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The Era of Reform New Frontiers and Great Societies History 17B Lecture 18 Progressive and New Deal Traditions Progressivism has served as the basis for all subsequent American reform movements. Goal: save capitalism from its own excesses. A positive role for government Moderate reform

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progressive and new deal traditions
Progressive and New Deal Traditions
  • Progressivism has served as the basis for all subsequent American reform movements.
  • Goal: save capitalism from its own excesses.
    • A positive role for government
    • Moderate reform
    • New executive agencies
obstacles to reform
Obstacles to Reform
  • American reform comes in waves.
  • People are exhausted and disillusioned after wars.
    • Americans want a return to normalcy.
  • After WWII, Americans seek to enjoy post-war prosperity.
calls for reform continue
Calls for reform continue…

…but few are listening.

truman s fair deal
Truman’s Fair Deal
  • Government should provide full employment
  • Subsidize housing
  • National health insurance
  • Federal aid to education.
  • Civil Rights legislation
    • Integrated the military.
  • “Do Nothing” 80th Congress
dwight eisenhower
Dwight Eisenhower
  • Americans sought a more low-key President in 1950s.
  • A bumbling figurehead or a commander behind the scenes?
  • Hidden-Hand Presidency
    • Subordinates take the heat while he stays above the fray.
modern republicanism
Modern Republicanism
  • Ike was a pragmatic, moderate Republican
    • Filled his Administration with business executives.
    • Government had a limited role.
  • Increases in Social Security and unemployment insurance.
  • Construction of Federal highways.
the other america
The Other America

25% of Americans were poor

Vast majority of senior citizens lived in poverty

Racism and discrimination

getting the country moving again
Getting the Country Moving Again
  • Expansive years of the 1950s were seedbed for major reform in 1960s.
  • Minorities and poor wanted to participate in U.S. economic prosperity.
    • Prosperous America felt generous enough to let them.
  • Americans wondered if the country could do more…
john f kennedy
John F. Kennedy
  • JFK combined a coherent vision of social change with political pragmatism.
  • His youth embodied the activist role of a President.
  • A darker side to JFK that we now know.
    • But while alive, he represented the promise of the 1960s as an era of reform.
the new frontier
The New Frontier
  • No radical intentions.
    • Tame the excesses of capitalism, not overthrow it.
  • JFK reformers pragmatists willing to compromise.
  • New Frontier promises: end racial discrimination, federal aid to education, medical care for the elderly, increase in minimum wage, government action to halt 1960-61 recession.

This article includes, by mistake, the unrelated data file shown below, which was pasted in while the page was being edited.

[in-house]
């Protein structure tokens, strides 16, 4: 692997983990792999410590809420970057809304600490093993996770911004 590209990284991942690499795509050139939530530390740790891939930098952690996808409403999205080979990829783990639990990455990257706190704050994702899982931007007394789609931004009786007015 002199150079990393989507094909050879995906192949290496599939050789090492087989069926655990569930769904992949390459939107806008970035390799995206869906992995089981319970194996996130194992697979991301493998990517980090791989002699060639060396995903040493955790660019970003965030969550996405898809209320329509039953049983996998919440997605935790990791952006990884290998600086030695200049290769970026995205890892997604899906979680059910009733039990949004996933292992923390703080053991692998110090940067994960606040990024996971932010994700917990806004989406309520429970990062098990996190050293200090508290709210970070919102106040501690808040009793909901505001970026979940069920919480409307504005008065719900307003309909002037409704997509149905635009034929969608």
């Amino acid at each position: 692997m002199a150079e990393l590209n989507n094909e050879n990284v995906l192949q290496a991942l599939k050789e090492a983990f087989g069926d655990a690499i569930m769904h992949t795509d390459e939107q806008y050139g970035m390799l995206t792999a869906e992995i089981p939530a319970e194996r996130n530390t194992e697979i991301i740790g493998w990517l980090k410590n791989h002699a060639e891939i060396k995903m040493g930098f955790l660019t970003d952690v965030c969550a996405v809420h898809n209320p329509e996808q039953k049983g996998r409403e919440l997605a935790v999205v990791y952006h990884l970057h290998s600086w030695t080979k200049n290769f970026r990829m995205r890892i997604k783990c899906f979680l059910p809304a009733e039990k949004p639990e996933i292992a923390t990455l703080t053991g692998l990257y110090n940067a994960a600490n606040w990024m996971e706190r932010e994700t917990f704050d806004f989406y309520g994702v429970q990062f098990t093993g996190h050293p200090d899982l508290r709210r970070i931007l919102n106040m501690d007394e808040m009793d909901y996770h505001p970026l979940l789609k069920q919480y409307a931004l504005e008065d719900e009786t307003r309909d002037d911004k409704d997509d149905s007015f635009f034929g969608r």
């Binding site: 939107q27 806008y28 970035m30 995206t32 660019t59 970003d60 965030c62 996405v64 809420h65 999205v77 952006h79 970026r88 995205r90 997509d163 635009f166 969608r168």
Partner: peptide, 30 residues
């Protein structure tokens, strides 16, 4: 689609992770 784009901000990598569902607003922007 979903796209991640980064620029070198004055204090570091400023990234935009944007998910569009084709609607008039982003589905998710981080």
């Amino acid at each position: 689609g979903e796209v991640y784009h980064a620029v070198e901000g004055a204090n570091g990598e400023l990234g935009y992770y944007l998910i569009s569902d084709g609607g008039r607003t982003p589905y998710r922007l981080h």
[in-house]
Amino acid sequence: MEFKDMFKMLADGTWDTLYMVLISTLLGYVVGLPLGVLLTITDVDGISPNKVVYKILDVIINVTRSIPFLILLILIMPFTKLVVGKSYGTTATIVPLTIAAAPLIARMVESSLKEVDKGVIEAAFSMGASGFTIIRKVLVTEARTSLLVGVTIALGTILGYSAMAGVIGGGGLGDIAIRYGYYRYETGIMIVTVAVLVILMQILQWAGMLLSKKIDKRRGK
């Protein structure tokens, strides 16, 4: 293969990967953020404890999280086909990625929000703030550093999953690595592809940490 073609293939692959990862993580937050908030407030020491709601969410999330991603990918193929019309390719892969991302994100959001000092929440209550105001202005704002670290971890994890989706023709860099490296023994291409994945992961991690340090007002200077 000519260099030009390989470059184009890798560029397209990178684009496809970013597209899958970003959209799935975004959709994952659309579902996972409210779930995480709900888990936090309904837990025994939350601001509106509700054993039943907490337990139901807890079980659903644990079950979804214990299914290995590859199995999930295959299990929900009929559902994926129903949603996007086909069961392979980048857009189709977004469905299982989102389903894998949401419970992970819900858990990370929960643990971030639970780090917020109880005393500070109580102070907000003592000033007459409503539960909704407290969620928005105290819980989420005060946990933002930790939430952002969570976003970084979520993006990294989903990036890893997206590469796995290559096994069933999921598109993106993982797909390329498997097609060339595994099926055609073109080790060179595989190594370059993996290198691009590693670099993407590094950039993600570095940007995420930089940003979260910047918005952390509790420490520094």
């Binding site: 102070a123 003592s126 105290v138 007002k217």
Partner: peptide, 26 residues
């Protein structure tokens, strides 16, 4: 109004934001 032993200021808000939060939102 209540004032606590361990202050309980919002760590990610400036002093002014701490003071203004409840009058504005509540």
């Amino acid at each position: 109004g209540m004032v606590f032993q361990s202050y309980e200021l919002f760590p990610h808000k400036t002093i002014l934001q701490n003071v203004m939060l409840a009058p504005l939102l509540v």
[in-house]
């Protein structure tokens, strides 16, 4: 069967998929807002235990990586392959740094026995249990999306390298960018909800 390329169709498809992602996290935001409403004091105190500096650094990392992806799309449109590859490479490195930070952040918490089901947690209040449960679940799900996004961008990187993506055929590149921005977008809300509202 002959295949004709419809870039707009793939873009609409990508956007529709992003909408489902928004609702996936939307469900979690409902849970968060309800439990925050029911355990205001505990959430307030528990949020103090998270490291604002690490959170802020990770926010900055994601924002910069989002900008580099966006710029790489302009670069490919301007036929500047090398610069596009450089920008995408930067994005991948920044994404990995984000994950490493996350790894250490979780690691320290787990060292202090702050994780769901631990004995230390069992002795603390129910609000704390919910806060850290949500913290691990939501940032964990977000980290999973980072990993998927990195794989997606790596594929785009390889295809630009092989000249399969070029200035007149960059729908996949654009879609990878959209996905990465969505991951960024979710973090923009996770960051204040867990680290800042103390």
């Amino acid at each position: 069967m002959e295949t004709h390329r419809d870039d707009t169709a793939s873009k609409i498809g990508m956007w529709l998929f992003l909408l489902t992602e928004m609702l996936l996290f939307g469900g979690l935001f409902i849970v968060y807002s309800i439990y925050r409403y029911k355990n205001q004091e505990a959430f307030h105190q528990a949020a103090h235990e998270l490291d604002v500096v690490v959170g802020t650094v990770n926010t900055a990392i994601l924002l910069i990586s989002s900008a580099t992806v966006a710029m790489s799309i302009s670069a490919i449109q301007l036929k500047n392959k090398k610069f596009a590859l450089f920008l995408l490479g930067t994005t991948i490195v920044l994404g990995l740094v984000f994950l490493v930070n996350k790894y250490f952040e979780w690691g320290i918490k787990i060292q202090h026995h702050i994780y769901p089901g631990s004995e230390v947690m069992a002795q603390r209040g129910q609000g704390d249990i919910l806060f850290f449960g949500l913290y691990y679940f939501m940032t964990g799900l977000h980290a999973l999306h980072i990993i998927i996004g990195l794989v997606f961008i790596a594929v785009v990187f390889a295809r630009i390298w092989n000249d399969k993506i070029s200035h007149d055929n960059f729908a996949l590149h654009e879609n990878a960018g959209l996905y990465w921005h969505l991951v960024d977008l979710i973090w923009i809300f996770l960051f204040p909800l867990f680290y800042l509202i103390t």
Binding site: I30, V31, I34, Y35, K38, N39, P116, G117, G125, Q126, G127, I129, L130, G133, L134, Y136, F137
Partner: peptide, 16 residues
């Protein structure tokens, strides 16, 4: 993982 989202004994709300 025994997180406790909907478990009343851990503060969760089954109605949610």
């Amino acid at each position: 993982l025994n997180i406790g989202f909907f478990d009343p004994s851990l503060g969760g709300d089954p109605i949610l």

nation building
Nation Building
  • Promote reform both at home and abroad through American values and capitalism
    • Also fight the Cold War
  • Strengthen Third World through liberal-economic efforts.
  • Peace Corps
    • teachers, technicians, agricultural advisors
  • Alliance for Progress
    • $20 billion and technical assistance
counter insurgency
Counter-Insurgency
  • Training of native police and armed forces.
  • Green Berets ferret out communist rebels.
accomplishments and setbacks
Accomplishments and Setbacks
  • Executive Orders
    • Food distribution to needy families
    • Peace Corps
    • Committees on equal employment and the status of women
    • Collective bargaining in the federal service
    • Public works acceleration
    • Equal opportunity in housing
  • Most New Frontier legislation bottled-up in Congress
    • His death assures passage.
lyndon baines johnson
Lyndon Baines Johnson

A crude but passionate man.

a master in persuasion
A Master in Persuasion
  • Not willing to compromise for half a loaf.
  • Legislative accomplishments:
    • Health care
    • Poverty legislation
    • Federal aid to schools and arts
    • Domestic spending on freeways and roads
    • Civil Rights (greatest achievement)
war on poverty
War on Poverty
  • Economic Opportunity Act (1964)
    • Job training in Job Corps
    • Loans to rural families and urban small businesses
    • VISTA (Volunteers for Service to America) helped the poorest in America
  • Over $1 billion for EOA
the great society
The Great Society
  • LBJ sought to extend the New Deal
    • Job Corps and training programs
    • Medicare for the aged
    • Medicaid to the poor
    • Aid to education and Head Start
    • Federal dollars for cities, mass transit, and housing.
    • Environmental safety legislation
    • Mental health facilities.
critics of reform
Critics of Reform
  • Critics on the Right
    • Government intrusion and centralization
  • Critics on the Left
    • Not really attacking roots of the problems (racism, class discrimination, maldistribution of wealth)
  • Also very expensive!
impact and legacy
Impact and Legacy
  • In 1960, 1 in 3 Americans were poor.
  • In 1973, 1 in 10 Americans were poor.
  • Great Society was the high water mark of activist government.
    • We now expect government to regulate environmental safety or industrial pollution.
  • All Americans benefited (not just the poor).
limits of liberal reform
Limits of “Liberal” Reform
  • Capitalism accepted as a positive system.
    • Provide fair opportunities so people can succeed on their own.
  • Great Society not a “cure-all” – but sold as one.
  • Vietnam War shatters Liberal consensus.